SORL1

From Wikipedia, the free encyclopedia
SORL1
Available structures
PDBOrtholog search: PDBe RCSB
Identifiers
AliasesSORL1, sortilin-related receptor, L(DLR class) A repeats containing, C11orf32, LR11, LRP9, SORLA, SorLA-1, gp250, sortilin related receptor 1
External IDsOMIM: 602005 MGI: 1202296 HomoloGene: 2336 GeneCards: SORL1
Orthologs
SpeciesHumanMouse
Entrez
Ensembl
UniProt
RefSeq (mRNA)

NM_003105

NM_011436
NM_001357261

RefSeq (protein)

NP_003096

NP_035566
NP_001344190

Location (UCSC)Chr 11: 121.45 – 121.63 MbChr 9: 41.88 – 42.04 Mb
PubMed search[3][4]
Wikidata
View/Edit HumanView/Edit Mouse
Schematic diagram of the multiple domains of SORLA, the protein product of the SORL1 gene. The relative orientations of the domains are drawn to match the ectodomain model of Jensen et al., PNAS (2023), which is also shown on the next figure. From Holstege et al., medRxiv (2023).
Schematic and structure model of the ectodomain of SORLA/SORL1, plus its two dimer interfaces in the middle panel, followed by the way the two interfaces can combine to form a polymeric network and how that network can underlie and stabilize the network of retromer arches on the other side of the tubular membrane. From Jensen et al., PNAS (2023). Atomic coordinates of the ectodomain model are available at https://modelarchive.org/doi/10.5452/ma-zgbg4
A model of the endosome tubule showing the characteristic retromer arch polymer wrapping around the outer (cytoplasmic) side and the ectodomain of SORL1 forming a supporting polymeric network inside. The interior SORL1 network is anchored to retromer by a transmembrane helix and a short C-terminal domain that binds to VPS26 (dark green) on the outside.

Sortilin-related receptor, L(DLR class) A repeats containing is a protein that in humans is encoded by the SORL1 gene.[5]

SORL1 (also known as SORLA, SORLA1, or LR11; SORLA or SORL1 are used, often interchangeably, for the protein product of the SORL1 gene) is a 2214 residue type I transmembrane protein receptor that binds certain peptides and integral membrane protein cargo in the endolysosomal pathway and delivers them for sorting to the retromer multi protein complex;[6] the gene is predominantly expressed in the central nervous system.[7] Endosomal traffic jams linked to SORL1 retromer dysfunction are the earliest cellular pathology in both familial and the more common sporadic Alzheimer’s patients.[8][9]

Retromer regulates protein trafficking from the early endosome either back to the trans-Golgi (retrograde) or back to the plasma membrane (direct recycling).[10] Two forms of retromer are known: the VPS26A retromer and the VPS26B retromer, the latter being dedicated to direct recycling in the CNS.[11] SORL1 is a multi domain single-pass membrane protein whose large ectodomain resides primarily in endosomal tubules, being connected by its transmembrane helical domain and cytoplasmic tail to the VPS26 retromer subunit on the outer endosomal membrane.[12]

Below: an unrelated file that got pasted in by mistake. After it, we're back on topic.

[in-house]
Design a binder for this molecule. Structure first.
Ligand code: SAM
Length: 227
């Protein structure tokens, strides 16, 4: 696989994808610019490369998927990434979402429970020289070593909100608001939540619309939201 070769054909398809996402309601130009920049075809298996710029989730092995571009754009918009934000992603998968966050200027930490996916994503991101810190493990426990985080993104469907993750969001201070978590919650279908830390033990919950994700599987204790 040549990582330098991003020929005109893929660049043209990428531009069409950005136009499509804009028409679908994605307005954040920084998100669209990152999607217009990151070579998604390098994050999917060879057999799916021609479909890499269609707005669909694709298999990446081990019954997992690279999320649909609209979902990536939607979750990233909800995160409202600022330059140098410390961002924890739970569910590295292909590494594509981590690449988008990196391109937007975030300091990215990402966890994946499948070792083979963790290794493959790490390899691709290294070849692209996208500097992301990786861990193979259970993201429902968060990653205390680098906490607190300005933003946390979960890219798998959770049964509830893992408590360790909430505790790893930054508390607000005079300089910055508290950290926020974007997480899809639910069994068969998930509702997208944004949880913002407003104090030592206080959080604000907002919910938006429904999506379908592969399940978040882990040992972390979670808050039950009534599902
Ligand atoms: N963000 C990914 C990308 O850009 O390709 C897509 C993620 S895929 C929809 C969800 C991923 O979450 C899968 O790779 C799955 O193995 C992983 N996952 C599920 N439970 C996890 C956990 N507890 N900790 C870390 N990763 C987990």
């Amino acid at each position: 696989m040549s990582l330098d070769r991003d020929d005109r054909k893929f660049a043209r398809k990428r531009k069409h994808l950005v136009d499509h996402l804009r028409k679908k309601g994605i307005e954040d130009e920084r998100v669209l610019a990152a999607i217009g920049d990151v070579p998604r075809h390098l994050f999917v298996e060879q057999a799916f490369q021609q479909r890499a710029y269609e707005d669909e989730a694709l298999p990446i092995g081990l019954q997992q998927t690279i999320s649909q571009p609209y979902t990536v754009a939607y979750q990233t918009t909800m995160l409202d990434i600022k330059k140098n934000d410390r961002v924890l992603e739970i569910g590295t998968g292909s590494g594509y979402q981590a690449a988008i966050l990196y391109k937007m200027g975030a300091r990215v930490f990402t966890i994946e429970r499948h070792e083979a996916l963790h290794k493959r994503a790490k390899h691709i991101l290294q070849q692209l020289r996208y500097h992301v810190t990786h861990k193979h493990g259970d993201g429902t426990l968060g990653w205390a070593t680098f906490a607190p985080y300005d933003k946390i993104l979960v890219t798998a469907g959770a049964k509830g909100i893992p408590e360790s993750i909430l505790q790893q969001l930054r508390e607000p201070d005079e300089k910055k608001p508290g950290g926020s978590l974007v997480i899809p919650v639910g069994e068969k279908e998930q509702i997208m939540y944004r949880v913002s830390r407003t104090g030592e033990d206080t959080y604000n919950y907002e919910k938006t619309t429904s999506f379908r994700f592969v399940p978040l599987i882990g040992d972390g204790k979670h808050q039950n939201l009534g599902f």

The age at onset of SORL1 mutation carriers varies, which has complicated segregation analyses. Nevertheless, protein−truncating variants (PTVs) are observed almost exclusively in AD patients,[13] indicating that SORL1 is haploinsufficient.[14] However, most variants are rare missense variants that can be benign, or risk−increasing, but recent reports have indicated that some variants are causative for disease.[15][16] In fact, specific missense variants have been observed only in AD cases, some of which may have a dominant negative effect.[17].[1] [2]

ALZFORUM has created an interactive web page that maps all of the currently known variants onto the schematic of the SORLA domain structure shown in the Figure on the right, along with information for each one. It can be accessed at https://www.alzforum.org/mutations/sorl1

Clinical significance[edit]

A significant reduction in SORL1 (LR11) expression has been found in brain tissue of Alzheimer's disease patients.[18] Protein levels of retromer subunits have also been found to be reduced in the transentorhinal cortex of sporadic Alzheimer’s patients, the brain region where Alzheimer’s disease begins.[19] SORL1-VPS26B retromer has been linked with regulation of amyloid precursor protein (APP), faulty processing of which is implicated in Alzheimer's.[11][20] SORL1 cargo includes APP and its amyloid forming peptide cleavage products, as well as the important glutamate neurotransmitter receptor subunit GRIA1.[21] SORL1 binds these and other cargo proteins and delivers them to the retromer, an assembly of multiple gene products that is the master regulator of protein trafficking from the early endosome.[22] Studies by a group of international researchers support the proposition that SORL1 plays a part in seniors developing Alzheimer's disease, the findings being significant across racial and ethnic strata.[23] SORL1 is now considered the fourth causal Alzheimer’s gene,[16] the others being APP and the two presenilins PSEN1 and PSEN2 [24] and it is the only one also genetically linked to the common, late-onset sporadic form of the disease.[25] Defective SORL1-retromer protein recycling has been proposed as the “fire” of sporadic Alzheimer’s disease that drives production of amyloid and tau tangle “smoke”, thereby resolving the apparent paradoxical failure of treatments aimed at the latter two to completely arrest the disease.[26]

See also[edit]

References[edit]

  1. ^ a b c GRCh38: Ensembl release 89: ENSG00000137642 - Ensembl, May 2017
  2. ^ a b c GRCm38: Ensembl release 89: ENSMUSG00000049313 - Ensembl, May 2017
  3. ^ "Human PubMed Reference:". National Center for Biotechnology Information, U.S. National Library of Medicine.
  4. ^ "Mouse PubMed Reference:". National Center for Biotechnology Information, U.S. National Library of Medicine.
  5. ^ "Entrez Gene: Sortilin-related receptor, L(DLR class) A repeats containing".
  6. ^ Small SA, Petsko GA (March 2015). "Retromer in Alzheimer disease, Parkinson disease and other neurological disorders". Nature Reviews. Neuroscience. 16 (3): 126–132. doi:10.1038/nrn3896. PMID 25669742. S2CID 5166260.